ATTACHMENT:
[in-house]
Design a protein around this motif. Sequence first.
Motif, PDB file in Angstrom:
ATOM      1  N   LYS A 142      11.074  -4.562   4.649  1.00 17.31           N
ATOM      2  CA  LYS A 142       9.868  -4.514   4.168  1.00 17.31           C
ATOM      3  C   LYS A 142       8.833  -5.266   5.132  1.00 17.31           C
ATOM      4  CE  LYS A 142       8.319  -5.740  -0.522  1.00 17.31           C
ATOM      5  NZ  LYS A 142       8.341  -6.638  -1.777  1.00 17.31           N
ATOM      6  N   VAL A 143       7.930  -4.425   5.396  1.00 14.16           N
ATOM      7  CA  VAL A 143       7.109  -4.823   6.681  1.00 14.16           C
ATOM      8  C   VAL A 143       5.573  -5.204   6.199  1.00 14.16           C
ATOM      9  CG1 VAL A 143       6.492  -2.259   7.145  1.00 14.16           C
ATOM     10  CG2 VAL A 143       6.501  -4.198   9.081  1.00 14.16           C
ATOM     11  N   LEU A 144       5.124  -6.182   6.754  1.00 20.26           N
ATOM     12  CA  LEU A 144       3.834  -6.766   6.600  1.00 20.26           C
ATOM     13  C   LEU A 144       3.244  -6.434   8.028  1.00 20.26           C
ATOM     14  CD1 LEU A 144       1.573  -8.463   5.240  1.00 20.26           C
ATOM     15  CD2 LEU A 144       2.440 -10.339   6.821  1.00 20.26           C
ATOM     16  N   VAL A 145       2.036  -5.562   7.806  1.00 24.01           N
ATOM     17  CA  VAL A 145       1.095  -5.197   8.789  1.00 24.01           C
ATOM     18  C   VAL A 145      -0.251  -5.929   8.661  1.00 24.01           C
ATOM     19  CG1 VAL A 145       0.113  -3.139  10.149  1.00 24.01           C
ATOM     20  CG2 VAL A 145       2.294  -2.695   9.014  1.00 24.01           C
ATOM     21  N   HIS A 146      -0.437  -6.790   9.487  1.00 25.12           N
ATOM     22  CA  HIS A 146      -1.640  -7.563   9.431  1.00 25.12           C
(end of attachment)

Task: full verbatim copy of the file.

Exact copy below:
[in-house]
Design a protein around this motif. Sequence first.
Motif, PDB file in Angstrom:
ATOM      1  N   LYS A 142      11.074  -4.562   4.649  1.00 17.31           N
ATOM      2  CA  LYS A 142       9.868  -4.514   4.168  1.00 17.31           C
ATOM      3  C   LYS A 142       8.833  -5.266   5.132  1.00 17.31           C
ATOM      4  CE  LYS A 142       8.319  -5.740  -0.522  1.00 17.31           C
ATOM      5  NZ  LYS A 142       8.341  -6.638  -1.777  1.00 17.31           N
ATOM      6  N   VAL A 143       7.930  -4.425   5.396  1.00 14.16           N
ATOM      7  CA  VAL A 143       7.109  -4.823   6.681  1.00 14.16           C
ATOM      8  C   VAL A 143       5.573  -5.204   6.199  1.00 14.16           C
ATOM      9  CG1 VAL A 143       6.492  -2.259   7.145  1.00 14.16           C
ATOM     10  CG2 VAL A 143       6.501  -4.198   9.081  1.00 14.16           C
ATOM     11  N   LEU A 144       5.124  -6.182   6.754  1.00 20.26           N
ATOM     12  CA  LEU A 144       3.834  -6.766   6.600  1.00 20.26           C
ATOM     13  C   LEU A 144       3.244  -6.434   8.028  1.00 20.26           C
ATOM     14  CD1 LEU A 144       1.573  -8.463   5.240  1.00 20.26           C
ATOM     15  CD2 LEU A 144       2.440 -10.339   6.821  1.00 20.26           C
ATOM     16  N   VAL A 145       2.036  -5.562   7.806  1.00 24.01           N
ATOM     17  CA  VAL A 145       1.095  -5.197   8.789  1.00 24.01           C
ATOM     18  C   VAL A 145      -0.251  -5.929   8.661  1.00 24.01           C
ATOM     19  CG1 VAL A 145       0.113  -3.139  10.149  1.00 24.01           C
ATOM     20  CG2 VAL A 145       2.294  -2.695   9.014  1.00 24.01           C
ATOM     21  N   HIS A 146      -0.437  -6.790   9.487  1.00 25.12           N
ATOM     22  CA  HIS A 146      -1.640  -7.563   9.431  1.00 25.12           C